Never choosing to commit too long to a single role, I would imagine Donald Glover takes longer than most when it comes to filling out the “Occupation:” box on any form.
Glover has been known to wear many hats. He’s a comedian, television writer, model, and a rapper under the stage name Childish Gambino, to name just a few of his stints.
That being said, it’s more than appropriate that his second album Because the Internet opens up with the question, “Who am I?” on the opening song Crawl. The busy track sees Glover facing an ominous orchestra and primal screams coupled with an eerie hook (Courtesy of Toronto-based Kai), all of which he navigates with ease, proving right off the bat that Glover has stepped his game up since his first major label release, Camp. “Rec league, I ain’t payin’ to ball/Y’all b-string like a broke guitar/and I still put it down like the family dog.”
“Who am I?” is the question that hangs above most of the album. It’s the question Glover might ask himself after getting cold feet before a threesome in The Worst Guys, “it was awkward as fuck/cause I’m nervous as fuck, I could not get it up/I need a minute, cold water to the face.” It’s the question he ponders on the closing track, Life: The Biggest Troll, “Where’s the line between Donnie G and Gambino?”
“Who am I?” might have been the question Glover dealt with when he wrote an open letter on hotel stationary and released it to the world via Instagram. The posts reveal Glover’s intimate thoughts, “I’m scared I never knew anything,” “I hate caring what people think,” “I feel like I’m letting everyone down,” and “I’m afraid I’m here for nothing.” All these thoughts seem to grapple with each other within Glover’s mind as Because the Internet plays out.
These thoughts take center stage on No Exit. The song serves as a soundtrack to a sleepless night fueled by Glover’s doubts and worries. A claustrophobic bass pounds as Glover’s mind wanders aimlessly, “Can’t sleep/3 a.m., stare at the ceiling, murder the feeling/spider crawl in the corner, brown recluse.” The following track Death By Numbers, serves as a psychedelic instrumental segue into the next group of songs, I. Flight of the Navigator, II. Zealots of Stockholm, and III. Urn.
This trio of songs opens up with Flight of the Navigator, a utopian soundscape, set off by a impossibly gentle acoustic guitar riff, Glover shares his dream, “I was flying over all of us/so many pretty faces/I talked to some birds, I fell in love again/and none of us ever ended,” Glover goes on to sing a verse, “hold me close my darling,” he repeats as the soundscape behind him swells. The lack of rapping on the track further exacerbates the futility of labeling Glover’s work, thus reprising the question, “Who am I?”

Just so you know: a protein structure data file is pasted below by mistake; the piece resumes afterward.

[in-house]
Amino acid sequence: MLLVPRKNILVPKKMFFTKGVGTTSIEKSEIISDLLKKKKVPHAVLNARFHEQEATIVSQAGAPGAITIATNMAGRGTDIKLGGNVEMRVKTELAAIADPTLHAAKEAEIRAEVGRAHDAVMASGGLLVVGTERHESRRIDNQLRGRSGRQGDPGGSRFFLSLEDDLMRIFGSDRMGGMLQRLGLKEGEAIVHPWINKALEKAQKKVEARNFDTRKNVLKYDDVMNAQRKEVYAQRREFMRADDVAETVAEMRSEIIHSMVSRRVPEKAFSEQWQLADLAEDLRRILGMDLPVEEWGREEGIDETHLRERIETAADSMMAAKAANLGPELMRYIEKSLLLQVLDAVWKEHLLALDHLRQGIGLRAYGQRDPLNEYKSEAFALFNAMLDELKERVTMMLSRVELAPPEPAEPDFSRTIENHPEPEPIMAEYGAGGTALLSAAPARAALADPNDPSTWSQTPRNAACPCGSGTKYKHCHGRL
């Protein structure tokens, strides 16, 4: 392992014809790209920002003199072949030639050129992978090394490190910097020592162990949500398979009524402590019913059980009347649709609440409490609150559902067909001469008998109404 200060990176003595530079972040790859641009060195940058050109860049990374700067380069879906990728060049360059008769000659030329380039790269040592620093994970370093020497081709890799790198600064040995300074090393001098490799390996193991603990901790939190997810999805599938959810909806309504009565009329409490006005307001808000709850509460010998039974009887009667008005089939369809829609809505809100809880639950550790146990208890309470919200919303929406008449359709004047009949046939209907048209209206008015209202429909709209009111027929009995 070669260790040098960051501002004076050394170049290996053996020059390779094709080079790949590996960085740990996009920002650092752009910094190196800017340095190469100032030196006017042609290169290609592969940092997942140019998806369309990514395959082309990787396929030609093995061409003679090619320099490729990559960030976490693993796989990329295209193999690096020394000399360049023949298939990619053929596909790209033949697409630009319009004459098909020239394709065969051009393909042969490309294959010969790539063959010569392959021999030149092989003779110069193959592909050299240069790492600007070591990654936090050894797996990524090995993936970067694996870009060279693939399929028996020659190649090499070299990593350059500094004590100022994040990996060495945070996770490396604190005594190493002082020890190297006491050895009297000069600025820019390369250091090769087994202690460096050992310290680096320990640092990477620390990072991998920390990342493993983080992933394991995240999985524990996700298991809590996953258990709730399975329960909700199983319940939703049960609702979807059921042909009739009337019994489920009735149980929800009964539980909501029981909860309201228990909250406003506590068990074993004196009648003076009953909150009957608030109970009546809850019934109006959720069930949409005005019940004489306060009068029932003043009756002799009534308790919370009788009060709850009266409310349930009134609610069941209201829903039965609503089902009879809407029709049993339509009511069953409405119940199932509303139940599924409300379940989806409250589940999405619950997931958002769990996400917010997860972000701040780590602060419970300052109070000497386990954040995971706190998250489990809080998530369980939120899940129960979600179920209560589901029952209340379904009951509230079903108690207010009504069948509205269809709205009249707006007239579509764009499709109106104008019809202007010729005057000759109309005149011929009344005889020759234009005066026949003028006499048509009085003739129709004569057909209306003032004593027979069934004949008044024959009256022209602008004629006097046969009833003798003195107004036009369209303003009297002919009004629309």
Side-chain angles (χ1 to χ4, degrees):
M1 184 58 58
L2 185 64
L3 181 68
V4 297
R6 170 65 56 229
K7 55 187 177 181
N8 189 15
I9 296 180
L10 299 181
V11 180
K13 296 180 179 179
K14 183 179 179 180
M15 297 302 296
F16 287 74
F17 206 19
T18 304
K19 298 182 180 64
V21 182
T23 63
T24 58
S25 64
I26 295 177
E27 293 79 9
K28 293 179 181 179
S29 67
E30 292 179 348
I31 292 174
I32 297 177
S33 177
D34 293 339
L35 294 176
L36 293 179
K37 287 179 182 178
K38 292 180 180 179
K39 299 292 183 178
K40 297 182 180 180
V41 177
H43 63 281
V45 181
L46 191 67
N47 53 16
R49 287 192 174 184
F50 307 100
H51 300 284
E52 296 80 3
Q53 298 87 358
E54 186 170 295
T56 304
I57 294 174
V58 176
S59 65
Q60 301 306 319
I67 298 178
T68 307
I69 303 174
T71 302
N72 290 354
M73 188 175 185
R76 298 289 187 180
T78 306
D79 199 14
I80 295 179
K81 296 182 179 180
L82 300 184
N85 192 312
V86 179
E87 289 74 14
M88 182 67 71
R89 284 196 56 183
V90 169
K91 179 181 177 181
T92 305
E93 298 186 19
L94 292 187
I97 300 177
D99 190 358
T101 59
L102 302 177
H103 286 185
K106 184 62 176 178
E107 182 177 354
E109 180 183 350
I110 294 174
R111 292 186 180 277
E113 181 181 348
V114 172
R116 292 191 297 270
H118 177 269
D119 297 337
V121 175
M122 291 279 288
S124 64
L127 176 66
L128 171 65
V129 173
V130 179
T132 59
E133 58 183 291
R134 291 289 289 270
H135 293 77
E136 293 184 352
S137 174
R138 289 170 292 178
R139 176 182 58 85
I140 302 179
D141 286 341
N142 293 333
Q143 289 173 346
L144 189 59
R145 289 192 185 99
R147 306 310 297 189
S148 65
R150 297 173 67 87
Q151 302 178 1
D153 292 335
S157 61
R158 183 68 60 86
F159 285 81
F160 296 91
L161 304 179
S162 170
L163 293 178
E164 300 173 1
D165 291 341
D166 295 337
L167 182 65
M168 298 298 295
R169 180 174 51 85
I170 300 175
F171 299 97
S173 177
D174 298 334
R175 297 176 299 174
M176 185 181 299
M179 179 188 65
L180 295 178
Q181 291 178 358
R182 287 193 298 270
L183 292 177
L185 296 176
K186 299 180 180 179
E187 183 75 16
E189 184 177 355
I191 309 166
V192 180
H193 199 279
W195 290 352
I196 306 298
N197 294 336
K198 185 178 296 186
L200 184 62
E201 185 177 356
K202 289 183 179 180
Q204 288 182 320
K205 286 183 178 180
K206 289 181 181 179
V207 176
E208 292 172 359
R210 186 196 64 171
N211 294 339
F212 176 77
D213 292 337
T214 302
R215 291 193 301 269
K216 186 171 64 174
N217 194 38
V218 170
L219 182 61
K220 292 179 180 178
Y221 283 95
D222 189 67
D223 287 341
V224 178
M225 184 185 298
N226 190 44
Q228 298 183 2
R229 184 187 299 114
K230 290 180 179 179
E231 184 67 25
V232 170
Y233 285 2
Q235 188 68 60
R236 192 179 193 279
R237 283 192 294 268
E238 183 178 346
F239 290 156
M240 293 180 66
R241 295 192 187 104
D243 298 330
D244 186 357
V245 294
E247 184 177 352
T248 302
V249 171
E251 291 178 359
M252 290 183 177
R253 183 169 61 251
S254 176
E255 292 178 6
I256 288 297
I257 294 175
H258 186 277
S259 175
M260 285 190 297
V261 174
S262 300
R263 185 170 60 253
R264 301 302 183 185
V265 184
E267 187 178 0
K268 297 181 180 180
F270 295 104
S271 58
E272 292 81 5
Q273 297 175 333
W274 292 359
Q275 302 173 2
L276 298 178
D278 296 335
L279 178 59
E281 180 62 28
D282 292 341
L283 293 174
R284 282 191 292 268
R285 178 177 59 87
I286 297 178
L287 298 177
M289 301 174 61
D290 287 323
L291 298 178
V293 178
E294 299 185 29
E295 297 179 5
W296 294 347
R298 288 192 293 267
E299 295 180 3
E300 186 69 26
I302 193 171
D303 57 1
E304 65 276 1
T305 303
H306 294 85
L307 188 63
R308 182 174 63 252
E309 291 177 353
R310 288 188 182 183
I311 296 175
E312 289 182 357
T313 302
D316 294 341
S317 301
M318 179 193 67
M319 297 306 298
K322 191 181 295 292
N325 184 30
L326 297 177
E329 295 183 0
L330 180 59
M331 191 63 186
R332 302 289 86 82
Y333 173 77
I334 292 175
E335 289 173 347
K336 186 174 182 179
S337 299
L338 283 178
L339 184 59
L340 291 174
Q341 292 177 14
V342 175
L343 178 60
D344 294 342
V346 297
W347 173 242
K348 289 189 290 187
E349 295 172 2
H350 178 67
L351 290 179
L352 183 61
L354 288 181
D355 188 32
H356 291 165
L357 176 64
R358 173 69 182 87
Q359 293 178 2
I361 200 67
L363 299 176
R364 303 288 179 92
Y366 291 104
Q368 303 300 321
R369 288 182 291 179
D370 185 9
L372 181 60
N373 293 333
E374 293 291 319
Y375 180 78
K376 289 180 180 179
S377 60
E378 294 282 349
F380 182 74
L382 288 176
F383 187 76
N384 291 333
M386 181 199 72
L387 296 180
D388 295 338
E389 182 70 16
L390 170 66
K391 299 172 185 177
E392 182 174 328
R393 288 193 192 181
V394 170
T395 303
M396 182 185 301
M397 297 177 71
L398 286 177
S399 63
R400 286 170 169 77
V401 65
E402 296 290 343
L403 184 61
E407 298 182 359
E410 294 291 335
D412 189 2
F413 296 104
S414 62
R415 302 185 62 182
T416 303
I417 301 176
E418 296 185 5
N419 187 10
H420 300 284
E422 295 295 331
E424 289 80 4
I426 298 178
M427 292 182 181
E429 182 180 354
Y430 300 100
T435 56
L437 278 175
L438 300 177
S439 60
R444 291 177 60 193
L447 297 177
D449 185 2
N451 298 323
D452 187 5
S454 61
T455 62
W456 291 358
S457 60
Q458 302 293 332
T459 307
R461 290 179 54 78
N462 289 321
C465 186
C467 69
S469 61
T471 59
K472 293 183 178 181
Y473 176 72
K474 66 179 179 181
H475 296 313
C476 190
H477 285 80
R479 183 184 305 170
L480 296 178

Zealots of Stockholm, takes a drastic turn from the beautiful dream world Glover created “We used to be unspoken, now everything is broken,” as a jarring beat switch up takes the track from dream to nightmare in seconds. The driving bass takes center stage, “Heathen. It’s a struggle just to keep breathing/Existential asthmatic,” once again Glover is alone with his thoughts.
The slow burning Urn sees Glover in an R&B mood, serenading an unknown lover, “let me hold you in my arms, forevermore.” A departure from the paranoia fueled, nearly apocalyptic track before it. The shift in mood comes almost too quickly. Furthermore, Urn is followed by the almost too peppy hook to Pink Toes, “rainbows, sunshine everywhere I go.”
How does Glover shift so quickly between the dark thoughts that won’t let him sleep, to rainbows and sunshine everywhere he goes?
"Because the Internet" is the answer. Glover’s Because the Internet represents a generation raised by the world wide web – the generation plagued by sleepless nights and bleak outlooks thanks to the amount of information at our fingertips. The same generation that responds to the negativity of the world by “turning up” and pushing things out of our mind’s eyes in an admittedly futile attempt, because we can’t simply ignore the cold hard facts that life is tough. But it doesn’t hurt to try.
Because the Internet can be summed up by its cover, an expressionless Glover with a soul penetrating stare. Not happy, not sad either, just there. The same face many of us might make as we stare at a screen sending "lol’s" to our friends or sending a way too heartfelt and way too late at night Facebook message.
–review by CARLOS NAVA